BBC Studios reaches “new dawn” after Discovery wildlife commission

The Red ListDiscovery Channel has commissioned natural history series The Red List from BBC Studios, marking a “a new dawn” for the UK’s pubcaster.

The order is first BBC Studios, the production arm of the BBC, has ever received outside of the BBC channels.

BBC Studios has been a commercial entity with the greenlight to produce for non-BBC channels since April last year, and is currently in the process of merging with distributor BBC Worldwide.

Two-hour film The Red List will be classic BBC Natural History Unit fare, focusing on the dedicated work on conservationists around the world and how they keep endangered species from extinction.

“This third party commission from Discovery heralds a new dawn for BBC Studios and is a really exciting moment in the history of the BBC,” said BBC Studios director Mark Linsey.

“On top of that, The Red List is being made by BBC Studios’ world-renowned Natural History Unit so will be unmissable television. I couldn’t be more proud of Lisa Opie and Julian Hector and his team at the NHU.”

Opie is one of two business-focused executives who work with their respective genre’s creative chiefs to monetise BBC Studios programming.

The BBC receiving its first commercial commission from Discovery continues the long relationship between the two companies, which both specialise in natural history.

The pair had a long-running coproduction partnership that produced blue-chip factual series such as Life and the original Blue Planet. However, this ended in 2013.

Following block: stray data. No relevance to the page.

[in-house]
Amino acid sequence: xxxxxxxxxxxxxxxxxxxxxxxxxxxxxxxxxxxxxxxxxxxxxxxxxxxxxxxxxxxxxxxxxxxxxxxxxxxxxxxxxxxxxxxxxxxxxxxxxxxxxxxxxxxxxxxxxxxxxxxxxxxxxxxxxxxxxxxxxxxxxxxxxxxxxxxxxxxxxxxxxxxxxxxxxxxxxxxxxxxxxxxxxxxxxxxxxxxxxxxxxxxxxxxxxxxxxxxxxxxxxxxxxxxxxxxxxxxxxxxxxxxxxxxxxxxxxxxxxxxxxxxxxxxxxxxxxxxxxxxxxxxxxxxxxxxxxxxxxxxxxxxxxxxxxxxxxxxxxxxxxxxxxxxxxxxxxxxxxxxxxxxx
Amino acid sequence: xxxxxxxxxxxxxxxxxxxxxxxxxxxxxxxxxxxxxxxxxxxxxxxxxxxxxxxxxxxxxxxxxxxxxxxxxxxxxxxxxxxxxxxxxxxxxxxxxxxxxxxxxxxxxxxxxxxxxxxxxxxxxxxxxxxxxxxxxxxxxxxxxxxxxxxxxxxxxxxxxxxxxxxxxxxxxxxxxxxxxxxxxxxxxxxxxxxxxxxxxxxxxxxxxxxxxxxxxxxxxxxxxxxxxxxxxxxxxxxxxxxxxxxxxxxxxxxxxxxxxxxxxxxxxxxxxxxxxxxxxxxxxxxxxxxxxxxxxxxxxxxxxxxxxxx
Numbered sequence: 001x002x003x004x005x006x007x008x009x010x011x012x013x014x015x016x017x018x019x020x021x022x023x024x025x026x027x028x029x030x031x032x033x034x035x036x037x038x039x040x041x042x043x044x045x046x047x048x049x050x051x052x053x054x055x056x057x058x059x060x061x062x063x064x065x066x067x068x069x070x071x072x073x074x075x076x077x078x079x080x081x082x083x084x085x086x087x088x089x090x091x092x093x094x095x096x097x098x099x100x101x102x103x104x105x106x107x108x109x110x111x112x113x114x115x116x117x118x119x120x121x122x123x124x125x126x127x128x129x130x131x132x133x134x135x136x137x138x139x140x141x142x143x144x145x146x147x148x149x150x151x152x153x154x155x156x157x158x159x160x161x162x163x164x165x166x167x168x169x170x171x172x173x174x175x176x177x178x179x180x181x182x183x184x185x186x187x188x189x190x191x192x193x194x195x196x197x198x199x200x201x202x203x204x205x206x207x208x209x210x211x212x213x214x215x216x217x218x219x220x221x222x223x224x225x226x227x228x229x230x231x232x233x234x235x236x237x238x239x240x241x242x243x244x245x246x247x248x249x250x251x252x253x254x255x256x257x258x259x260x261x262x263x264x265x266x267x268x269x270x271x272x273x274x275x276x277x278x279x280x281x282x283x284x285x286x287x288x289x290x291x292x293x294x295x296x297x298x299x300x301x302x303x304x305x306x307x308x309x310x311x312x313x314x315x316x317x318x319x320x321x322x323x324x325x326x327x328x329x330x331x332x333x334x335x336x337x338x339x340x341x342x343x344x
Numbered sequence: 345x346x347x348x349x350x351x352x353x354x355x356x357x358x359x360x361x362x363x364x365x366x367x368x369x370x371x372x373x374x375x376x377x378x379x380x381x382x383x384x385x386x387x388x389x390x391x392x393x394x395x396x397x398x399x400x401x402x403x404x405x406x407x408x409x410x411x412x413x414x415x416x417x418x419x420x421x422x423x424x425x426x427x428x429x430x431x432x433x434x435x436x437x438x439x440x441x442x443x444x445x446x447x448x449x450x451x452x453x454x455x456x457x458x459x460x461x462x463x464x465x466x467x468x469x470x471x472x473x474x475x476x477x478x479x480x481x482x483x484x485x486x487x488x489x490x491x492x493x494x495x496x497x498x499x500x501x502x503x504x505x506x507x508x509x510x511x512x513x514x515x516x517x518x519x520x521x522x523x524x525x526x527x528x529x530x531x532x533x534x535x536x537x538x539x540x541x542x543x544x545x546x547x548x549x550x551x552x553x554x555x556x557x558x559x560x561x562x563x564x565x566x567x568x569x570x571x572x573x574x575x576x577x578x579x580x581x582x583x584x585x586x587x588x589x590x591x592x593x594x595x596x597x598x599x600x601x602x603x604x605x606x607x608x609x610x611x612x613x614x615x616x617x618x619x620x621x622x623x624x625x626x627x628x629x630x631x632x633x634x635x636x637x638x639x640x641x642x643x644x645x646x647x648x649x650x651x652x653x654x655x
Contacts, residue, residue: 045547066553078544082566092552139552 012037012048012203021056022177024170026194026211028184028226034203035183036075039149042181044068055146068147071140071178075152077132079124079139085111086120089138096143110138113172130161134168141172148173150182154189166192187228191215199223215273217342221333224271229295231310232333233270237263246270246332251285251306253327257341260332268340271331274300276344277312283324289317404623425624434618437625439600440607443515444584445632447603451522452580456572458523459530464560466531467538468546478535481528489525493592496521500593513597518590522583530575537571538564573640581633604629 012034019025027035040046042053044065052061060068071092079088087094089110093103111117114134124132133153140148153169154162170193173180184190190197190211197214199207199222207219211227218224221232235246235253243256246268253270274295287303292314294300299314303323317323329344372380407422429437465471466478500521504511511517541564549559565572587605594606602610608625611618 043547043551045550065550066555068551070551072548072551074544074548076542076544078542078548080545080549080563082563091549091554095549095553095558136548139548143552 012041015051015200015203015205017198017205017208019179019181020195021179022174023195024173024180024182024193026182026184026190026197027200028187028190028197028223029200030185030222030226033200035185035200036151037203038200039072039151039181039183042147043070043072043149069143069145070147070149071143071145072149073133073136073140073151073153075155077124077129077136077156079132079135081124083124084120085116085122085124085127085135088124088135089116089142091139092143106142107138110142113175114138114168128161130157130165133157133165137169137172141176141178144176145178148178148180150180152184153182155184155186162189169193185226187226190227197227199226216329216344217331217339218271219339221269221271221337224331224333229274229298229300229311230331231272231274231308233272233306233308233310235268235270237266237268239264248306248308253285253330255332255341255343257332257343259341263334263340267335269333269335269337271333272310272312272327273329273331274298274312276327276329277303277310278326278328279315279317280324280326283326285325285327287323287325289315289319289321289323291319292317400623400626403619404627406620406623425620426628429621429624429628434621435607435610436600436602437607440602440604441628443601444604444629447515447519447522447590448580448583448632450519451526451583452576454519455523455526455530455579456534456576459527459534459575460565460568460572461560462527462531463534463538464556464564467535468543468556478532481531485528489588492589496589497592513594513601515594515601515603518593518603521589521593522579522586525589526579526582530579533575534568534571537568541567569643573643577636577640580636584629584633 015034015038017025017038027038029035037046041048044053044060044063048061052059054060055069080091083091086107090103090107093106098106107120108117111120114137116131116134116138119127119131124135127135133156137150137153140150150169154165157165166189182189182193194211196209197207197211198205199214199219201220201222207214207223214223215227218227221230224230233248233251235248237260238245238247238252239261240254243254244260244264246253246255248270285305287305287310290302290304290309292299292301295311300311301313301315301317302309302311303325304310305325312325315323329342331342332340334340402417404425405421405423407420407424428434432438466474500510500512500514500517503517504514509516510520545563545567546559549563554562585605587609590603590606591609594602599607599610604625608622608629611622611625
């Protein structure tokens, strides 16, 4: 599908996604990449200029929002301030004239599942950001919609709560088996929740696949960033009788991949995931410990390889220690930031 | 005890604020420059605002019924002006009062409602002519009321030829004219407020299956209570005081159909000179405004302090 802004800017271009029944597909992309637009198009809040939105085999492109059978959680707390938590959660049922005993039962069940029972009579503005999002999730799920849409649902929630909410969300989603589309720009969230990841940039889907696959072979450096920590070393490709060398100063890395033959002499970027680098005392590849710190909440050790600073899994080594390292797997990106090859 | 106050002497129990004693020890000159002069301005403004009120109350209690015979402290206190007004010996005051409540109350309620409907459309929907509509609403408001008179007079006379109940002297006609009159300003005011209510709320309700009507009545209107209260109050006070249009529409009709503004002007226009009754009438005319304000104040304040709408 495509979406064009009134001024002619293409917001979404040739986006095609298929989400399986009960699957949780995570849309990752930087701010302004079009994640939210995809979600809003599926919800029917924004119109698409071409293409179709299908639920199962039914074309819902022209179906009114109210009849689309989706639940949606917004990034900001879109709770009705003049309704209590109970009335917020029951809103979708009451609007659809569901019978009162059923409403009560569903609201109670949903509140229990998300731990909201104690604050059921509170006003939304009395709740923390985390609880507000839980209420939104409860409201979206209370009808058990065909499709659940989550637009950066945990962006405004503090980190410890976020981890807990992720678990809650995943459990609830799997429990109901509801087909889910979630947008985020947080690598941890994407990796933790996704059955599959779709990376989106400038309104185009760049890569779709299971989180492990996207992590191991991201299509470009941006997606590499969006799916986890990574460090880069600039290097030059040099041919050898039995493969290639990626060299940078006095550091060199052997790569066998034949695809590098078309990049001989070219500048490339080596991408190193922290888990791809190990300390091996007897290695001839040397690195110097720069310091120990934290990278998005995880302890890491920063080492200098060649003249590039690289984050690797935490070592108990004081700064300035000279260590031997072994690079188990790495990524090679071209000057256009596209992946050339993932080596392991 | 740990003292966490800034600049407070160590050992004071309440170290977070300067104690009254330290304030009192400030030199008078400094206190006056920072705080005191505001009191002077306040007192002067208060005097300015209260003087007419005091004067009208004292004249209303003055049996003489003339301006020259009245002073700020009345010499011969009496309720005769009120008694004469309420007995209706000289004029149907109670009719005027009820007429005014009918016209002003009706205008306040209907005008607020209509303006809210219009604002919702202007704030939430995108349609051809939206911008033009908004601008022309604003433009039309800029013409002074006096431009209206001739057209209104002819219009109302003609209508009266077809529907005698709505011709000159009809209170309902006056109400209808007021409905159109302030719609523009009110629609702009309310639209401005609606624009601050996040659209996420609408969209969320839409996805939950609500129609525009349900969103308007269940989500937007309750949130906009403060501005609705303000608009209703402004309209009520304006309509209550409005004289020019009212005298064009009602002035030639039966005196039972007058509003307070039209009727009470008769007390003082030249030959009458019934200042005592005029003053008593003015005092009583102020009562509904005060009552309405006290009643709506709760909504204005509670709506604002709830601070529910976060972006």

They are also set to become co-owners of Scripps Networks Interactive, as Discovery yesterday moved closer to a takeover of the US cable networks giant, which owns 50% of UKTV along with the BBC.

“From its earliest beginnings, Discovery has been a leader in bringing stories about wildlife conservation to audiences across the globe,” said Rich Ross, president of Discovery Channel and Science Channel. “BBC Studios’ Natural History Unit is the expert in creating content about the natural world. This collaboration couldn’t be more perfect.”

The BBC is thought to have another series in development with Discovery, along with others for rival public service broadcasters.

Producing and directing The Red List will be BBC Studios’ Steve Greenwood (Mountain: Life at the Extreme), Discovery’s special projects chief, John Hoffman, and Jon Bardin executive producers.

Over at the UK arm of Silver Springs-based Discovery, fledgling free-to-air network Quest Red has commissioned four new series.

ScreenChannel TV’s Dogs on Duty is a 10x60mins series following Britain’s sniffer dogs and Middlechild Productions Saving Britain’s Wildlife runs to the same length and follows RSCPA inspectors.

Paranormal Lockdown – UK, from Groff Entertainment, is also 10x60mins and looks into haunted locations, while Katie Price: My Crazy Life returns for a second 6x60mins season. ITV Studios-owned Shiver produces.

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